|Population 3,528 (2011 census)|
Civil parish Stamford Bridge
Local time Saturday 5:06 PM
UK parliament constituency East Yorkshire
|OS grid reference SE710550|
Dialling code 01759
|Ceremonial county East Riding of Yorkshire|
Region Yorkshire and the Humber
Weather 14°C, Wind E at 11 km/h, 41% Humidity
Stamford Bridge is a village and civil parish on the River Derwent in the East Riding of Yorkshire, England, approximately 7 miles (11 km) east of York and 22 miles (35 km) west of Driffield. The village lies on the border with the Ryedale district of North Yorkshire.
- Map of Stamford Bridge UK
- Location and history
- The mill
- The bridge
- The viaduct
- Other facilities
- Notable residents
- Public transport
Map of Stamford Bridge, UK
Location and history
The village sits astride an ancient ford on the River Derwent.
The Romans established a fort here about 70 AD, around which later developed a large linear civilian settlement focused on a bridge one mile (1.6 km) south of the present town. Iter I of the Antonine Itinerary lists "Derventio" as being seven Roman miles from Eboracum (York) which matches the distance from York. In relation to known discoveries under the town of Malton, antiquaries always assumed that Malton should be called Derventio. The remains at Stamford Bridge were not known to them, lying undiscovered under arable and pasture fields until quite recently.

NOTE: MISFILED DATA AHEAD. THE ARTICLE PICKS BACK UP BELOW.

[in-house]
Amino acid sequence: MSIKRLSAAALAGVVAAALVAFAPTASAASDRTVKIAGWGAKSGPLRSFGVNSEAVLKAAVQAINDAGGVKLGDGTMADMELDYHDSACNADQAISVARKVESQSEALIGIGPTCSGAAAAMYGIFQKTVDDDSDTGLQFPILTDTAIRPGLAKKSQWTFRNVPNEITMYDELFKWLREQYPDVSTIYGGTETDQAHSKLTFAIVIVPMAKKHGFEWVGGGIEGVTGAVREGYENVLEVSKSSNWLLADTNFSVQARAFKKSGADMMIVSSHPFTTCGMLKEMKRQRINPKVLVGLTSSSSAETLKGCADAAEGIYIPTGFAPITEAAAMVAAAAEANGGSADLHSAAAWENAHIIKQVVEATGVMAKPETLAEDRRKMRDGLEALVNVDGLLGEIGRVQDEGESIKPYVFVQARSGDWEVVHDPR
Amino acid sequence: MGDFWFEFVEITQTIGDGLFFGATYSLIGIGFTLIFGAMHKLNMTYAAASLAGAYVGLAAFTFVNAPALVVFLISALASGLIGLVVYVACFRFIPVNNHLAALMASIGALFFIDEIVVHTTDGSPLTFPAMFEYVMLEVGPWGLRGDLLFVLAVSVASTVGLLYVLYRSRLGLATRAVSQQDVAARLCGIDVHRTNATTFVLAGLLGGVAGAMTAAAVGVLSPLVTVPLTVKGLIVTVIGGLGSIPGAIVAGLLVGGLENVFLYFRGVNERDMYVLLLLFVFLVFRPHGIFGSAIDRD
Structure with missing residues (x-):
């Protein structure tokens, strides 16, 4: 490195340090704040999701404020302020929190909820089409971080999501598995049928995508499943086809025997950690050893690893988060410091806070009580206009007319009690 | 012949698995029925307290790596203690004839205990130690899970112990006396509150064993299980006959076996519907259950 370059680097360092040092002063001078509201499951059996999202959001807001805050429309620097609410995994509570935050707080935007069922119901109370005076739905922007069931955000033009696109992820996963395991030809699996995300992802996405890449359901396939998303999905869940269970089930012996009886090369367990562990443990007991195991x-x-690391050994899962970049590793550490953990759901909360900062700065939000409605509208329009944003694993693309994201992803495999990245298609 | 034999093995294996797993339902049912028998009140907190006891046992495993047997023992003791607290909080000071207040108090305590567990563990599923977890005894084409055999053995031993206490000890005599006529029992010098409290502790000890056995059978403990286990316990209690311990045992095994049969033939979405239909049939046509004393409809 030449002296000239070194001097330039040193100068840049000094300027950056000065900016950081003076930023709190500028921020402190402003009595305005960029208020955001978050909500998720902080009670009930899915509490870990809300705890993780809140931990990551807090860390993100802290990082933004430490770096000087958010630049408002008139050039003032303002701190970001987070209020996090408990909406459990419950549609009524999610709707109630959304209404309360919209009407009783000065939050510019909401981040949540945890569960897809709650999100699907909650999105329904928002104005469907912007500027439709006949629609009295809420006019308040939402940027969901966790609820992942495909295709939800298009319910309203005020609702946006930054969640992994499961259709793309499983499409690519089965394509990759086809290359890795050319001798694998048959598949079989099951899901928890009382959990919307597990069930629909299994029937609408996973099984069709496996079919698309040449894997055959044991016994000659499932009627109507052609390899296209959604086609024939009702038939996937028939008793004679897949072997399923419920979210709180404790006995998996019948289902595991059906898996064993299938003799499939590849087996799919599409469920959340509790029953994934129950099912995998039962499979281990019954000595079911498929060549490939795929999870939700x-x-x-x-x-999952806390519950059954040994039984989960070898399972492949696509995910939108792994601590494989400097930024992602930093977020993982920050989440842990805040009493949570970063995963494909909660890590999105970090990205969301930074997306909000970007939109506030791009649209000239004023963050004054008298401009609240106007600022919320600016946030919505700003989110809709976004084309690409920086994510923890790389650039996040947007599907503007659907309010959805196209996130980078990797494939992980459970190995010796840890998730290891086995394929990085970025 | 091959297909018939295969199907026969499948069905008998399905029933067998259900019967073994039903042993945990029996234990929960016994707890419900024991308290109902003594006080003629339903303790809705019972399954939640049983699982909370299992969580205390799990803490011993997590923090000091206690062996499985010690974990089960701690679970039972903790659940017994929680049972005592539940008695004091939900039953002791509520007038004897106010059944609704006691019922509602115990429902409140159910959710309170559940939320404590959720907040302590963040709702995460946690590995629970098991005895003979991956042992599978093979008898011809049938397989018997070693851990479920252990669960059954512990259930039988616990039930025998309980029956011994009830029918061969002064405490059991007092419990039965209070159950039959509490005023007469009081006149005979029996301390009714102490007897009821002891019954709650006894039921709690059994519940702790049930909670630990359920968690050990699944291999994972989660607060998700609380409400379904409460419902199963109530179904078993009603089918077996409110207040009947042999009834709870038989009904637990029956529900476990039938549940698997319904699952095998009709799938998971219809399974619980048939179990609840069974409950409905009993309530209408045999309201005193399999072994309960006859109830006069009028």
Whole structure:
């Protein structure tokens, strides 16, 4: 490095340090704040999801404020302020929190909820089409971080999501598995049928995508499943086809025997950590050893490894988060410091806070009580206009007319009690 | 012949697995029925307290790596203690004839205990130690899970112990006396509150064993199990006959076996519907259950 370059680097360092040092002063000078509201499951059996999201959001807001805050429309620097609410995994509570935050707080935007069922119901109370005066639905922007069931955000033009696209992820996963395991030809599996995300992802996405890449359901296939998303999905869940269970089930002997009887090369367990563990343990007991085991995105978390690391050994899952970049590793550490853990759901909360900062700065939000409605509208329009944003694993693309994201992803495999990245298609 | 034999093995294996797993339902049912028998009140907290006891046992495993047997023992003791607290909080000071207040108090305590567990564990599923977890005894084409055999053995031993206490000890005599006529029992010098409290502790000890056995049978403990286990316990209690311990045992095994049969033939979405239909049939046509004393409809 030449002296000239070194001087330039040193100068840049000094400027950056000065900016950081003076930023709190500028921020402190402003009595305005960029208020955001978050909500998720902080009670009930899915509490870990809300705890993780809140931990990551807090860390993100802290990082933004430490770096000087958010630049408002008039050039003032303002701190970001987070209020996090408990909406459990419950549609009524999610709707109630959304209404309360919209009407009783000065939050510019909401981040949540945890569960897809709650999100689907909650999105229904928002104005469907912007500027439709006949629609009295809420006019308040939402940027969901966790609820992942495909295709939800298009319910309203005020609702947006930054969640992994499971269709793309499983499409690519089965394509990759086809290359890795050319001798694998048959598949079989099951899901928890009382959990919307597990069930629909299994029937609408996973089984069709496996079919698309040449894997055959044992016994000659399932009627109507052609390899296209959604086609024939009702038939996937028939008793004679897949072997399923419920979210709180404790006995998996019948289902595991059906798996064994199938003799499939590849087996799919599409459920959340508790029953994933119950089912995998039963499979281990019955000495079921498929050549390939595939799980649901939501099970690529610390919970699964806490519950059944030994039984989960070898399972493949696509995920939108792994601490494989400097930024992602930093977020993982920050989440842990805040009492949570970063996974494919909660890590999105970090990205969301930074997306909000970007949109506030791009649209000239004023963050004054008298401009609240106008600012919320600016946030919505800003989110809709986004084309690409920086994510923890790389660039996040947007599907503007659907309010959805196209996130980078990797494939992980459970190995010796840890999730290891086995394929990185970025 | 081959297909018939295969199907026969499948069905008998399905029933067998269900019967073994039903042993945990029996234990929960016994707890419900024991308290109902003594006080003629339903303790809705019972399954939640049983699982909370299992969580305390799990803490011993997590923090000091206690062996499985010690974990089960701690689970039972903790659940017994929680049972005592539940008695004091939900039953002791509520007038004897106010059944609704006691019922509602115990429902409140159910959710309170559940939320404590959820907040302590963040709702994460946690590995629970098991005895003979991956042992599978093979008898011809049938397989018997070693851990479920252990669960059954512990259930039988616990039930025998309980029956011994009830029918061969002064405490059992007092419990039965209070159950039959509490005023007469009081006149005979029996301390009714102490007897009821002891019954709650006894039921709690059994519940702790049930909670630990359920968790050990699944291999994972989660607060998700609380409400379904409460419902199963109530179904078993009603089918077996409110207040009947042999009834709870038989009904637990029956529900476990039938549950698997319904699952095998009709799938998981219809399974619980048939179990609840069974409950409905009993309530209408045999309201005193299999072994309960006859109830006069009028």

The Battle of Stamford Bridge on 25 September 1066 marked the end of the Viking era in Britain.
The settlement was called Pons Belli by the Normans, meaning battle bridge. Rents of freeholders and cottagers were recorded in 1368 and there was a common oven recorded the same year.
The A166 east-west road crossing the river at Stamford Bridge is one of the main roads from York to the East Riding and the coast. The road bridge in the village was closed on 5 March 2007, for just over 11 weeks, so that essential repairs could be carried out, in light of the enormous volume of traffic that uses it, exceptional for such an old bridge (dating from 1727). The bridge re-opened on 22 May.
In 1882 the population was 449; in the 2011 UK census the parish population was 3,528, an increase on the 2001 UK census figure of 3,394.
The village suffered from record floods in November 2000 which seriously flooded 30 businesses and homes. Flood defences have now been installed, costing £3.7 million.
The history of Stamford Bridge is covered in British History Online: Catton Kexby, Scoreby, and Stamford Bridge West, and Catton High and Low Catton and Stamford Bridge East.
The River Derwent divides Stamford Bridge into two. It rises in the North York Moors and flows south-west rather than taking a direct route to the North Sea. It eventually joins the River Ouse north of the village of Long Drax, before flowing ultimately into the Humber Estuary.
During 4/5 March 1999, exceptional levels of rainfall were experienced in the Derwent catchment area, reaching 125 millimetres (4.9 in) inside a 24‑hour period. The situation was worsened by melting snow which had earlier accumulated on the North York Moors.